The Mac. The Mosaic. And the Matrix.
Growing up as an 80s kid in Nigeria, the only real tech I got to interact with (apart from my VCR), was the occasional Atari or Commodore 64 gaming system. So in 1986, when my Mom brought home an Apple IIe, my mind was blown. It inspired me to learn the programming language BASIC.
I spent three weeks coding my very first program, a dot-by-dot drawing of a Teenage Mutant Ninja Turtle. (I honestly can’t remember which one. Then again, the screen was black, and the monochromatic lines were green. It could have been any of them.) Even then, it wasn’t the technology that most fascinated me. It was what I could do WITH the technology. The human problems I could solve.
(In this case, self-expression. I was a short, shy, angsty kid who looked up to sewer turtles. Cut me some slack.)
My first few years as a freshman at Morehouse College in Atlanta, I really didn’t know what I wanted to be. My major changed each semester
One late night sophomore year, in the computer lab, I discovered the Mosaic browser and the World Wide Web. It was a wrap, Marc Andressen. Computer Science it is.
Being a Computer Scientist can be an awkward thing. People assume you know everything about computers – hardware, software, the lot. I suppose it’s like having a doctorate of some sort–relatives asking to show you the bunion on their big toe when you go home for Thanksgiving.
While I was enamored by the Internet, I was more excited about the applications of the World Wide Web. I was less Computer Engineer, more Marketing Software Strategist.
(Shout out to anyone who still has their Hotmail account from the late 90s, by the way.)
After carrying a pager as a Sysadmin at Procter & Gamble for a few years (tech for a marketing company), I felt something was missing. I was surrounded by some of the best marketing brand minds the world had ever known, and yet I felt like a technical cog in the wheel.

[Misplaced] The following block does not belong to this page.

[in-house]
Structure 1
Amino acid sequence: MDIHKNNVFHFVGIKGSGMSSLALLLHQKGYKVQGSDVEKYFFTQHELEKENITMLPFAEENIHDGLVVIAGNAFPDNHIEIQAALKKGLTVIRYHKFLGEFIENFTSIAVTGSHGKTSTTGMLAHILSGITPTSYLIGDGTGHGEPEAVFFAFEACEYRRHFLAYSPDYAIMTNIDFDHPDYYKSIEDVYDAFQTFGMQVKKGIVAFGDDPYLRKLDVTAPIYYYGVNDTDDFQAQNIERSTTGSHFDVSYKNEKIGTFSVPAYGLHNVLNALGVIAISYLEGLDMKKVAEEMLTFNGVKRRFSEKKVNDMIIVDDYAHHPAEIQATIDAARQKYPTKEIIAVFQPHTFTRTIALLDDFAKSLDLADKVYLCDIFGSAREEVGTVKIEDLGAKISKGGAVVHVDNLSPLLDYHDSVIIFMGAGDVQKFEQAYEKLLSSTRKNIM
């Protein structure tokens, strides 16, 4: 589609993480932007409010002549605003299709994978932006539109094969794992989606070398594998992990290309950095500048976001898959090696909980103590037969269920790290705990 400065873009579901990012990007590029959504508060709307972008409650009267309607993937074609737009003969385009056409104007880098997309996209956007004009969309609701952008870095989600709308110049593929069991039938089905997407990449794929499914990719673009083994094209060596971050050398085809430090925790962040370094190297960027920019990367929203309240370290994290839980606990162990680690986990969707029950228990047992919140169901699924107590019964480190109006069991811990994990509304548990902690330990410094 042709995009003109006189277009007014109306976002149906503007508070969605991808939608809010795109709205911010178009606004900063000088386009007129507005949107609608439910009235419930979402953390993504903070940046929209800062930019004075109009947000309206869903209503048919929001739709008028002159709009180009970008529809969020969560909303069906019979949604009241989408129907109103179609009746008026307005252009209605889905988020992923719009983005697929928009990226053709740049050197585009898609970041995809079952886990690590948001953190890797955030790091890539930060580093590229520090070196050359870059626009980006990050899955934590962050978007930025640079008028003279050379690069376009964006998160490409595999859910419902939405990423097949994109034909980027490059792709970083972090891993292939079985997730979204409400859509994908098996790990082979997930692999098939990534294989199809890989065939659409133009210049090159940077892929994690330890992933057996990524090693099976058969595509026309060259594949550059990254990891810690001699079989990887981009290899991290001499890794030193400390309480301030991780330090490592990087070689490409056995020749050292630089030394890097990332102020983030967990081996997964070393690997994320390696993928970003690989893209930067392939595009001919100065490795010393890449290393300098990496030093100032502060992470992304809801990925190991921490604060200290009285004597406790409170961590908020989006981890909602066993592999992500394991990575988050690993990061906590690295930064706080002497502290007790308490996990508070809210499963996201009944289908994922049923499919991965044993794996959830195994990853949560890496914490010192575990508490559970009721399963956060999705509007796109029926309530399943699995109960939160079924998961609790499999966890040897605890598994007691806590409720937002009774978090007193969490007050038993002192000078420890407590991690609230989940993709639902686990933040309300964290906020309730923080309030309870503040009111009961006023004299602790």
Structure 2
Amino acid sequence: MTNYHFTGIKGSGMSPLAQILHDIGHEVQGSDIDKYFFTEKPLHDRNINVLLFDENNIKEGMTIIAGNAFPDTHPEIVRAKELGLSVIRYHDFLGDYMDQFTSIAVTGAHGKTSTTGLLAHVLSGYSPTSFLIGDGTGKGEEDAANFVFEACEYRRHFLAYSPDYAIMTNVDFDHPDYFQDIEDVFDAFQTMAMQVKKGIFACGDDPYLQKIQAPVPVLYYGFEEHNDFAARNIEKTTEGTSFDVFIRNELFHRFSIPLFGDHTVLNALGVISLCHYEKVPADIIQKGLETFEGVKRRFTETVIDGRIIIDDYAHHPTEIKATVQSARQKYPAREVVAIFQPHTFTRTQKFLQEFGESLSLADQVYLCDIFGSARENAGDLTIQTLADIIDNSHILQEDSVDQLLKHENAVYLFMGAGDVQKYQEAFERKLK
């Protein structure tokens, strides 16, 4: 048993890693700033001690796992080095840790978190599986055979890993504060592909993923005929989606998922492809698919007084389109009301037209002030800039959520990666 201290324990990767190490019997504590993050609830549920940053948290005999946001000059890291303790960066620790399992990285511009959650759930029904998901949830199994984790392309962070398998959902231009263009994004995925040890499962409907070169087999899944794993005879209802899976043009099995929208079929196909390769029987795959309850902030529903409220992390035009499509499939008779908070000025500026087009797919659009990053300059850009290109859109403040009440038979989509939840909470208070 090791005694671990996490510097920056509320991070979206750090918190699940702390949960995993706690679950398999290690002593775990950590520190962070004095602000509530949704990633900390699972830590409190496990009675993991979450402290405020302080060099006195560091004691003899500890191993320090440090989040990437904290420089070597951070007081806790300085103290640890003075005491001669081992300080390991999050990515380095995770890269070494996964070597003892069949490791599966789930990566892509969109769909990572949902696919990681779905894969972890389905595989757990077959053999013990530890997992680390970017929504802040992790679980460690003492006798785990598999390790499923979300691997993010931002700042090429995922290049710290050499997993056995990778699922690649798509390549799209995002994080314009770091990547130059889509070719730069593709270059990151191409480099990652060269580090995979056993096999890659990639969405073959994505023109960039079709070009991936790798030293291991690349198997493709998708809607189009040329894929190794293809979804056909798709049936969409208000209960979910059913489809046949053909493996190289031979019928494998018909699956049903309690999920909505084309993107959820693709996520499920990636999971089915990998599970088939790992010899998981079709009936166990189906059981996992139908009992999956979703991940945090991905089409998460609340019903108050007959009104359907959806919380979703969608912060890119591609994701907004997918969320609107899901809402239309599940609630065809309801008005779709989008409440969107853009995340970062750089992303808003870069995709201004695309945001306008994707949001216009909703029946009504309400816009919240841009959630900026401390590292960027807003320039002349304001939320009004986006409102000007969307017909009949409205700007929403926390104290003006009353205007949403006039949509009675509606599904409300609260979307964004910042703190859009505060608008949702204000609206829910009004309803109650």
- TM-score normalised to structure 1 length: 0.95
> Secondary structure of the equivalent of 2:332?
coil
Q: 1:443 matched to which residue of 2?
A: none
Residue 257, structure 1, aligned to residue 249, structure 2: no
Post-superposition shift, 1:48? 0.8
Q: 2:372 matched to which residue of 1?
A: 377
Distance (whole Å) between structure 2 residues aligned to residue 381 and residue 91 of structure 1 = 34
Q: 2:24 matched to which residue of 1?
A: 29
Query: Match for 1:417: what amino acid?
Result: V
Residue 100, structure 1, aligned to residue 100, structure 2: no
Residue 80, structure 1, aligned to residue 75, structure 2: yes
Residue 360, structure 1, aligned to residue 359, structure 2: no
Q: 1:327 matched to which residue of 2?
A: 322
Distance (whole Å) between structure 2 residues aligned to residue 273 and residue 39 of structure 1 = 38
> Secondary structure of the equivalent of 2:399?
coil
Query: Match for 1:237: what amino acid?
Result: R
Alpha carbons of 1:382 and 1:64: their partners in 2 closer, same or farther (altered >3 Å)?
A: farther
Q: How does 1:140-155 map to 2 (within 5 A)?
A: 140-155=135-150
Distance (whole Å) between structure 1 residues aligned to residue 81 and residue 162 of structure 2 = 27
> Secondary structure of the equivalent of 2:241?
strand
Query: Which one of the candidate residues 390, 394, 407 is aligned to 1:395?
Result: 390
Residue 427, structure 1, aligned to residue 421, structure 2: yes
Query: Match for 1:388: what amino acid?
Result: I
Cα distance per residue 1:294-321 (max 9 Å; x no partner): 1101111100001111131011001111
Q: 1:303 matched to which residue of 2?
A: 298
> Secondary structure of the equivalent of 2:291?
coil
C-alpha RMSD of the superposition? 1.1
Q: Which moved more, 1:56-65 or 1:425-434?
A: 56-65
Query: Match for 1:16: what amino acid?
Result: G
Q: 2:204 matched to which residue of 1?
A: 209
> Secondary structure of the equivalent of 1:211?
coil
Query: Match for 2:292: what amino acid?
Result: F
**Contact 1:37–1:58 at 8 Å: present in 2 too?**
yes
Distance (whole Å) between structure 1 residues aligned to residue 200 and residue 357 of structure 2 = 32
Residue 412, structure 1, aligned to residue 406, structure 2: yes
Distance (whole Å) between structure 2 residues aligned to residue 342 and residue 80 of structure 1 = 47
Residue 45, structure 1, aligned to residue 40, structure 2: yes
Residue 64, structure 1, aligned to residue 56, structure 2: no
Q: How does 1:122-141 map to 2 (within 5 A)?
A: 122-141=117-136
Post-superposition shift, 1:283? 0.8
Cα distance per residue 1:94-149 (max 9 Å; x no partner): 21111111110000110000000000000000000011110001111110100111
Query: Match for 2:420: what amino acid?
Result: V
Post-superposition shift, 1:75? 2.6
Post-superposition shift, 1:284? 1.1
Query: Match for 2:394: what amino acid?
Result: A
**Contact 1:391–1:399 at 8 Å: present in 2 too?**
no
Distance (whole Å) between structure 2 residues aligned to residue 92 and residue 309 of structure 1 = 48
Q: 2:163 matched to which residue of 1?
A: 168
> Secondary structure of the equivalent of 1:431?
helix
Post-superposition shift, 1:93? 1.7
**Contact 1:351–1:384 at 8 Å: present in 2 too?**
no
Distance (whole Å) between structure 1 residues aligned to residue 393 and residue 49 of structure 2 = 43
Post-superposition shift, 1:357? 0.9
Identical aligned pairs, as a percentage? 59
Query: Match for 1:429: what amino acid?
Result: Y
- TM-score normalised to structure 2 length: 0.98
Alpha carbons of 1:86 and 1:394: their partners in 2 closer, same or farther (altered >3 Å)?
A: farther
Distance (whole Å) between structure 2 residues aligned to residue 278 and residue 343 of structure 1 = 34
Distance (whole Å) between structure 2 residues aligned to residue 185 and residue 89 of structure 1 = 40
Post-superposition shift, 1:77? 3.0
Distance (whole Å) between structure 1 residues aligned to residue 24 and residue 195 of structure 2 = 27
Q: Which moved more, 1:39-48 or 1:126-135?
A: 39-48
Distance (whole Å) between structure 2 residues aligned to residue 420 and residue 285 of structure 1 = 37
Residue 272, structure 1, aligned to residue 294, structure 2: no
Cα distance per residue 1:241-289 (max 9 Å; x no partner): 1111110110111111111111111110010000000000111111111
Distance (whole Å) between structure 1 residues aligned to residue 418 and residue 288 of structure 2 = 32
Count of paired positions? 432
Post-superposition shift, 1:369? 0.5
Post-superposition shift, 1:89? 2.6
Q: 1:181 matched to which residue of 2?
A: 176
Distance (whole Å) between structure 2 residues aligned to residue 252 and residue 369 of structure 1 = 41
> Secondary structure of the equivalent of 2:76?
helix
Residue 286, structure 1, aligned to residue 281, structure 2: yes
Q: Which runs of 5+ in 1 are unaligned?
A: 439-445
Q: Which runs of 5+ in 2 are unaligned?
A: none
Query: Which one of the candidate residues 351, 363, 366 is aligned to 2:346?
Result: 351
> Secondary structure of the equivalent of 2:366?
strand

Where were you when you first saw the Matrix movie? For me, seeing Keanu Reeves play Neo, and Laurence Fishburne as Morpheus was a game-changer. I came out of that movie knowing there had to be more than simply being a cog in the wheel of a technology system.
I flipped the balance.
I saw the “code” within the system.
In the end, we’re all human. Even in B2B.
Instead of serving the technology, I resolved to learn how to get the technology to serve humanity. I decided to learn marketing for B2B technology companies. I became set on finding innovative ways to use technology to solve human problems.
My 15+ years of leading marketing initiatives at IBM, Red Hat, Alfresco Software, and my own Marketing agency, allowed me to grow up through the entire first generation of B2B MarTech. But in recent years, I started to notice that the Marketing Automation tech was taxing, not serving, Marketing professionals.
We were becoming more TECHNOLOGISTS, than MARKETERS.
(Remember the Mac. Remember the Mosaic. Remember the Matrix.)
I knew it was time for another shift.
With the rise of Account-Based Marketing software in recent years, I got excited about the potential of Marketing Tech to solve the right problems for Marketers again. But one small outfit – Metadata – stood out to me. For three reasons: